Bell will provide services even with council members barred from City Hall, official says
Bell's interim chief administrative officer said Thursday that the city will continue to provide municipal services despite an order by a judge blocking three indicted council members from coming to City Hall.
“We have been made aware of the judge’s order with regard to the city of Bell City Council members. As the Interim CAO, I want to assure Bell residents and merchants that the city of Bell will continue to provide uninterrupted municipal services to our constituents, as we have done so for the last seven months," Pedro Carrillo said in a statement. "The doors to City Hall will remain open and we will continue to conduct the city’s business as expected."
The judge's order could mean that the Bell City Council cannot meet until a new council is elected in March.
The city faces a potential deficit of $3.5 million to $4.5 million and has defaulted on a $35-million bond.
The scandal-plagued city southeast of downtown Los Angeles has struggled to deal with its financial crisis in part because the council has met only three times in the last five months.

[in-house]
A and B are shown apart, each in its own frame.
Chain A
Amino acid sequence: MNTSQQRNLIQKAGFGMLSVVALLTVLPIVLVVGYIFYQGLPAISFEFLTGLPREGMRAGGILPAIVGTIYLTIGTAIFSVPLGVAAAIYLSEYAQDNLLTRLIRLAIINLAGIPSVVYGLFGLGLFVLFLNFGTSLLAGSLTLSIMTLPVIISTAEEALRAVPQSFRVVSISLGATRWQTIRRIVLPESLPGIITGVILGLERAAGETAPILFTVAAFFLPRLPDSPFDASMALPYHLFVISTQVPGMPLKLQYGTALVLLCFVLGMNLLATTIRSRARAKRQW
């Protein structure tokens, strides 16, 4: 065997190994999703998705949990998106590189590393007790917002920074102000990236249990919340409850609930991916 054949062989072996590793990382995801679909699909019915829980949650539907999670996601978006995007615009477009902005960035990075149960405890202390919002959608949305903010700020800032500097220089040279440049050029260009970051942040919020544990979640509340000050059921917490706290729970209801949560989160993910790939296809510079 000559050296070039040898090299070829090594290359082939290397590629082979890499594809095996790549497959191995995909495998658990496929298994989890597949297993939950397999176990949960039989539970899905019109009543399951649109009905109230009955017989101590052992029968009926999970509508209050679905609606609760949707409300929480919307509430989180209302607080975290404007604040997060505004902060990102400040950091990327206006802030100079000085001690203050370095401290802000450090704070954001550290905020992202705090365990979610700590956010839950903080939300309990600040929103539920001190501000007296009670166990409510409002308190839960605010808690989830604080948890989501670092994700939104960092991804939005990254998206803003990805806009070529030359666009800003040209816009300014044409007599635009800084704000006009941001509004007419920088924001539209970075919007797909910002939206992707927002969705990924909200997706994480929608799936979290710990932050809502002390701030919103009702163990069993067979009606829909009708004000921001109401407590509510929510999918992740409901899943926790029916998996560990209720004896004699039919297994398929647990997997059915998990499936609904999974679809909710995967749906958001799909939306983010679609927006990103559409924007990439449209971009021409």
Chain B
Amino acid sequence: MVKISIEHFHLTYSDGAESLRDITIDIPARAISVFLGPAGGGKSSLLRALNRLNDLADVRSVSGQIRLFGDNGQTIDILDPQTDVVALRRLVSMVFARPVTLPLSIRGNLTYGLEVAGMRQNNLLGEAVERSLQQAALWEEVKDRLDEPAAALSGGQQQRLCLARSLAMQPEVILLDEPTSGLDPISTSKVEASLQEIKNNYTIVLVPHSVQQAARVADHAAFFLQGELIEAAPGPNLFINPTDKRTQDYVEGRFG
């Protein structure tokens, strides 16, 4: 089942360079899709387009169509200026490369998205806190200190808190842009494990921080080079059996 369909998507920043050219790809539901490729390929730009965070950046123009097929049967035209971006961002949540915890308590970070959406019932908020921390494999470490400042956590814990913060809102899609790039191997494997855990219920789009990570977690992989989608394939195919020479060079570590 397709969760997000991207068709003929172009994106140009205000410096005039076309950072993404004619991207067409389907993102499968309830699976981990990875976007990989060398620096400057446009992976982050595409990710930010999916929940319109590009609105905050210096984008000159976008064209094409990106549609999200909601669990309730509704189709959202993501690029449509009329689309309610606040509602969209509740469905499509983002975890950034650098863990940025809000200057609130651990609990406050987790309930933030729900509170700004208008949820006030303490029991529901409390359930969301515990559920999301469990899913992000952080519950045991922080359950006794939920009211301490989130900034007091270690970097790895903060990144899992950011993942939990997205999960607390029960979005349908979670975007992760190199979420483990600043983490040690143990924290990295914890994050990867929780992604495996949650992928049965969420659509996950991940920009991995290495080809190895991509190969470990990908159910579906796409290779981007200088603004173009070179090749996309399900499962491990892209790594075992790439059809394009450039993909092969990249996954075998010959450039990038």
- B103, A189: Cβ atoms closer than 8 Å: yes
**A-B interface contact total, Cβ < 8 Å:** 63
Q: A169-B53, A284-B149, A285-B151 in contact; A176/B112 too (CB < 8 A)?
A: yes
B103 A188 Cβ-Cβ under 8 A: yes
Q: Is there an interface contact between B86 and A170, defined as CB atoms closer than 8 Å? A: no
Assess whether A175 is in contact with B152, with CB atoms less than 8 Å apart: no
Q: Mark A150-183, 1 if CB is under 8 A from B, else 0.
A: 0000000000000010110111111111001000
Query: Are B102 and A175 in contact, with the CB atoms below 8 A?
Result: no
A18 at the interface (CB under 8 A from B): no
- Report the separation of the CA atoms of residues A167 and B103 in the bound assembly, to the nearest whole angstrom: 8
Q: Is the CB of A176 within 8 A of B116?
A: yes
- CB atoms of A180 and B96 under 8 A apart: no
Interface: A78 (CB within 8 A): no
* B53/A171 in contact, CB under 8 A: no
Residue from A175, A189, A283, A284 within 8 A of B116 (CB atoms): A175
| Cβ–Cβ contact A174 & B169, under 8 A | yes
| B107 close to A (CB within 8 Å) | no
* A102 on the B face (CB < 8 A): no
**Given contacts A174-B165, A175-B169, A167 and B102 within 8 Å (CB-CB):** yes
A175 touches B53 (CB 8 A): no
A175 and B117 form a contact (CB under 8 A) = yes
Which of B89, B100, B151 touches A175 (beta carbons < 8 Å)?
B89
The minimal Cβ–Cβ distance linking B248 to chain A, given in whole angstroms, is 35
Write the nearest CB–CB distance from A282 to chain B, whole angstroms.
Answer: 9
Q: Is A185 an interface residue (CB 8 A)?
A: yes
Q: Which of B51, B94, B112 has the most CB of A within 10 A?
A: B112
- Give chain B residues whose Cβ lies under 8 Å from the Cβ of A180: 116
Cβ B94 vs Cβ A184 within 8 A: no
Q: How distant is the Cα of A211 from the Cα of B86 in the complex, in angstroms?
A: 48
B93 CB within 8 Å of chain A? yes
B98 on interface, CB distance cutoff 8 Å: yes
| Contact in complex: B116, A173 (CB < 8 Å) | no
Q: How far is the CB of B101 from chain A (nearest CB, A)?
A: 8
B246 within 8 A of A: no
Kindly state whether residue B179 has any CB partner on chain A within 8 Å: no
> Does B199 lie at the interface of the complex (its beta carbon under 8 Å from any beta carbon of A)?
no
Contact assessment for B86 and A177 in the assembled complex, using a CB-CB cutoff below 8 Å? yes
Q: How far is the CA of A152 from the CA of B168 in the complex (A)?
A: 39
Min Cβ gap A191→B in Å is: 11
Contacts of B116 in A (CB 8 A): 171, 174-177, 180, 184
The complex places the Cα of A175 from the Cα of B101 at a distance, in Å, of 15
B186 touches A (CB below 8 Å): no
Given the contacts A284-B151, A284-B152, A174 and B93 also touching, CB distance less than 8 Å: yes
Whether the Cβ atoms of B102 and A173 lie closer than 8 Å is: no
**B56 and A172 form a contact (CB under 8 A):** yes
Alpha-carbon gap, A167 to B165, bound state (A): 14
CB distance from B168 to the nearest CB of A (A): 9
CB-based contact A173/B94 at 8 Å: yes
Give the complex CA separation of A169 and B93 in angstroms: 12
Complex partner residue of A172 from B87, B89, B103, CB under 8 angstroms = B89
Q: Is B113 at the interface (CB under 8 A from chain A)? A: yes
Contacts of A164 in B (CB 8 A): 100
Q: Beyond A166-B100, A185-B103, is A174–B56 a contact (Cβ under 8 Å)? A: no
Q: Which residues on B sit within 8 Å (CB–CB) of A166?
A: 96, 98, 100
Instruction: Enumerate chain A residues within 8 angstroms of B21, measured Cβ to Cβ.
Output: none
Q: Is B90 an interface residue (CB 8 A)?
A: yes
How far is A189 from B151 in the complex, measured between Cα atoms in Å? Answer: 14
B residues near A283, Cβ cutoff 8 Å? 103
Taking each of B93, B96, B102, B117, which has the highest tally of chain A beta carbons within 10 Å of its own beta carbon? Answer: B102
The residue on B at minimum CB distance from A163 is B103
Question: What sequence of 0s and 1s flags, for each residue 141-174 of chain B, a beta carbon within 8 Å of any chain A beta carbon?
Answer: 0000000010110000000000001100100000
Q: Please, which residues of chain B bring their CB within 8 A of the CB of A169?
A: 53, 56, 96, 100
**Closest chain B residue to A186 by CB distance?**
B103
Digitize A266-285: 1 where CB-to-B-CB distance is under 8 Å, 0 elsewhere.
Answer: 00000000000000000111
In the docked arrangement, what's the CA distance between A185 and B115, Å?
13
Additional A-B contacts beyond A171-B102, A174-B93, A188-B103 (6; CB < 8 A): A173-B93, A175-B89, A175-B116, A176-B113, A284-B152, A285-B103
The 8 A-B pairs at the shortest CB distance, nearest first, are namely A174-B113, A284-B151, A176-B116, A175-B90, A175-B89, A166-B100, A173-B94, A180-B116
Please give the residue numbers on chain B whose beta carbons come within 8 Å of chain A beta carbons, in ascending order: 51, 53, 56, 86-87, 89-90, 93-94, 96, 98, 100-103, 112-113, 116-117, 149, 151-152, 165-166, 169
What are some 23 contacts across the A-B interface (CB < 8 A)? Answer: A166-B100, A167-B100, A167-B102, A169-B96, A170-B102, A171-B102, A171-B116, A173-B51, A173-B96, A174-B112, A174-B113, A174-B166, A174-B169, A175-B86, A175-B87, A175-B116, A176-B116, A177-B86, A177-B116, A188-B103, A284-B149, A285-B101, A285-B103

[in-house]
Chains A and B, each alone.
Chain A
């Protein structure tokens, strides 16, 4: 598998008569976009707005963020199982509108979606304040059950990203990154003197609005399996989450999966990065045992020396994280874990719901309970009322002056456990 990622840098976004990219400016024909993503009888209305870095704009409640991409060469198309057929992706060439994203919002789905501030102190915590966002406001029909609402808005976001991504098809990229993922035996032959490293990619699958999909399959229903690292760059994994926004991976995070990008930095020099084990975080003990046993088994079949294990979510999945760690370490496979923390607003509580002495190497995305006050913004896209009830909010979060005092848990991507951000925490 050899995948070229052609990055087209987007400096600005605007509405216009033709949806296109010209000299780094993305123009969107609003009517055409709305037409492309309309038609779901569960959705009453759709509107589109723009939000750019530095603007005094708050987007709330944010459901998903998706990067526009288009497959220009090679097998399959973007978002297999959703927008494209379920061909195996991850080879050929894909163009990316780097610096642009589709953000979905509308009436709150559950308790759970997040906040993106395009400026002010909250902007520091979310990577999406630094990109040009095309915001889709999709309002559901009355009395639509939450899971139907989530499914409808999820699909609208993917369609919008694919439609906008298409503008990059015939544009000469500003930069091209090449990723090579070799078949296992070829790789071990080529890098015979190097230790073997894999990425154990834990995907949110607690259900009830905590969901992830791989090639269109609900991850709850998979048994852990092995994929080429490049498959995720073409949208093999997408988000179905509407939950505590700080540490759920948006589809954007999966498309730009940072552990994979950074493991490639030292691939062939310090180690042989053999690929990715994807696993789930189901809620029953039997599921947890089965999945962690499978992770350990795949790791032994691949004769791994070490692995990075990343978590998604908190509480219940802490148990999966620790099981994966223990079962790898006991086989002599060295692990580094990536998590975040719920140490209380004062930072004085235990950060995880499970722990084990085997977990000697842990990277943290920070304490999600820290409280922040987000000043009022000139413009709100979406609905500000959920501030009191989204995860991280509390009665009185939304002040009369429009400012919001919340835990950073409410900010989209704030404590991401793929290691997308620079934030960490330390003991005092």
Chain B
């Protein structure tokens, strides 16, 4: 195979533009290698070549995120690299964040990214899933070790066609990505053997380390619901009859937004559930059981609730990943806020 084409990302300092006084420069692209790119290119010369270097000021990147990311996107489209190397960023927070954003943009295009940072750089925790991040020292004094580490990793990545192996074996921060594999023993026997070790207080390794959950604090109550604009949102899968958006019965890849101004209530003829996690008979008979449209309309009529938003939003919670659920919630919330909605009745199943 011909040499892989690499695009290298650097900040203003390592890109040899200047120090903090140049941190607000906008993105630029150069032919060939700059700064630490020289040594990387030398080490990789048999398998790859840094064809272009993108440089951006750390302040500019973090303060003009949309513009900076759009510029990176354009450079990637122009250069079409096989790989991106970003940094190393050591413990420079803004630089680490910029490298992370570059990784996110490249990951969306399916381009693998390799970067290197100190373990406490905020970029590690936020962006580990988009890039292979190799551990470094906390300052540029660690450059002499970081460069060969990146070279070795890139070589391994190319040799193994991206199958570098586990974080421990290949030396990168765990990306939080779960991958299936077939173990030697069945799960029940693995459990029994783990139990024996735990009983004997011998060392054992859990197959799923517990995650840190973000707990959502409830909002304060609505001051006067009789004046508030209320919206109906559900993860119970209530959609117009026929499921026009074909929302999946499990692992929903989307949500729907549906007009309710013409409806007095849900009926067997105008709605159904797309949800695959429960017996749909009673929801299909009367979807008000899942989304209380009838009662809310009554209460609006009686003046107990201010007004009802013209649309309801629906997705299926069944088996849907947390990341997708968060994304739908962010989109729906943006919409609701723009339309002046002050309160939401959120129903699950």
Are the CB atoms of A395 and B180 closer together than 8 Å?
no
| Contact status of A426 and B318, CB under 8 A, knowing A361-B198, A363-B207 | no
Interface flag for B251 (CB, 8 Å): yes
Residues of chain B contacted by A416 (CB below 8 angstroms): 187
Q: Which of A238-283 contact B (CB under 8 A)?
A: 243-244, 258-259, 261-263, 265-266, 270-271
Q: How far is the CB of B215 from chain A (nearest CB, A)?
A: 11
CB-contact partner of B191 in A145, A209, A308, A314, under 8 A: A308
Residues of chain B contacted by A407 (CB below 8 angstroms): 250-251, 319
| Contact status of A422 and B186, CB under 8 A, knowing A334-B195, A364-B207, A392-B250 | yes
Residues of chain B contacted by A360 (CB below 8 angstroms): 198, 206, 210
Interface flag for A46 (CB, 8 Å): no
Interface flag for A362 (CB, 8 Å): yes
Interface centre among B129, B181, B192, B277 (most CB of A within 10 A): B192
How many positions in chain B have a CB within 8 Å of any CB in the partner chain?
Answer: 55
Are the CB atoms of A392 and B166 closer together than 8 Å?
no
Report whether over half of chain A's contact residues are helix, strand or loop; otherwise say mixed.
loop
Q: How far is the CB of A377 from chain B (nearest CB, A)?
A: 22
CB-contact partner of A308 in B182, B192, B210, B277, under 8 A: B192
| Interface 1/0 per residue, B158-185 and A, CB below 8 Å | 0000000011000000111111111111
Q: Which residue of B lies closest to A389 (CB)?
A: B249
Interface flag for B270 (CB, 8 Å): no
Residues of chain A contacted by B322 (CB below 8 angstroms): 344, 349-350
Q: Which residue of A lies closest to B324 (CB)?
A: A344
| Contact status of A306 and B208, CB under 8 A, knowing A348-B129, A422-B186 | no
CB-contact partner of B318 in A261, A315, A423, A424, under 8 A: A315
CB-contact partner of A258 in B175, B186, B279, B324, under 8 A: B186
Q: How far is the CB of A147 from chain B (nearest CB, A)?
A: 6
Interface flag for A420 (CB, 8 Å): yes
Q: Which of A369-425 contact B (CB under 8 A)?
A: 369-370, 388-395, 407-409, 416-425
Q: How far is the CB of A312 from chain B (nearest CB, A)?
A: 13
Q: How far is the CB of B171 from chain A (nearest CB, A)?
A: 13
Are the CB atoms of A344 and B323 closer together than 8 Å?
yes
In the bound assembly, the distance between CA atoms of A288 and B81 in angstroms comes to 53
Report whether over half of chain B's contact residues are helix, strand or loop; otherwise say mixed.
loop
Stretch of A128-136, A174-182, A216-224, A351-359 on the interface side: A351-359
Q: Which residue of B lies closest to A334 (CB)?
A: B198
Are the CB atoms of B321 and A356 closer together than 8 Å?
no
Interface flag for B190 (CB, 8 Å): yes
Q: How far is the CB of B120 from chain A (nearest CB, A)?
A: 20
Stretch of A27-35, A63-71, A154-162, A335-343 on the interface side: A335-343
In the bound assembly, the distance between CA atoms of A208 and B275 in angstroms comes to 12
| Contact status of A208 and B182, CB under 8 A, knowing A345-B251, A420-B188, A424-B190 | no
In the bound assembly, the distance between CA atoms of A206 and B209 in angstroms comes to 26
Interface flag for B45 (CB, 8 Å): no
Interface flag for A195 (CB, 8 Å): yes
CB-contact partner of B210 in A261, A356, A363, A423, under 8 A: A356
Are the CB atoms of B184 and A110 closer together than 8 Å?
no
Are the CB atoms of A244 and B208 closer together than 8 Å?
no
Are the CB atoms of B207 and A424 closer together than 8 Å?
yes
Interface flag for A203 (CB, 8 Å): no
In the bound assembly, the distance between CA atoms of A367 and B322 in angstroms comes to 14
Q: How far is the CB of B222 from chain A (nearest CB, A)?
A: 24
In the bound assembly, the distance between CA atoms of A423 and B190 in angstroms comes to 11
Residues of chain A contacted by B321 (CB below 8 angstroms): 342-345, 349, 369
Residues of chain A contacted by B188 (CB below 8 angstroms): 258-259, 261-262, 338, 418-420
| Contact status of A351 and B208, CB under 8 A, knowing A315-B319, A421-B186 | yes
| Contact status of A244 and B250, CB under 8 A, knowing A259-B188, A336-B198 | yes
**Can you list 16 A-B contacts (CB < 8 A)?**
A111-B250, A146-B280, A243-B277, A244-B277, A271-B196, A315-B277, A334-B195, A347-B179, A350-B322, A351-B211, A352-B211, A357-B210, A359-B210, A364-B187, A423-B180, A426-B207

Officials had hoped that the council would approve budget cuts last month, but that meeting was canceled when Mayor Oscar Hernandez and Councilwoman Teresa Jacobo called in sick. The two, as well as Councilman George Mirabal, are charged with corruption.
In holding the three sitting council members and three former council members over for trial Wednesday, Los Angeles County Superior Court Judge Henry J. Hall said it was imperative to keep the accused council members away from city business. He noted that the council was already "effectively shut down" because Hernandez and Jacobo missed meetings.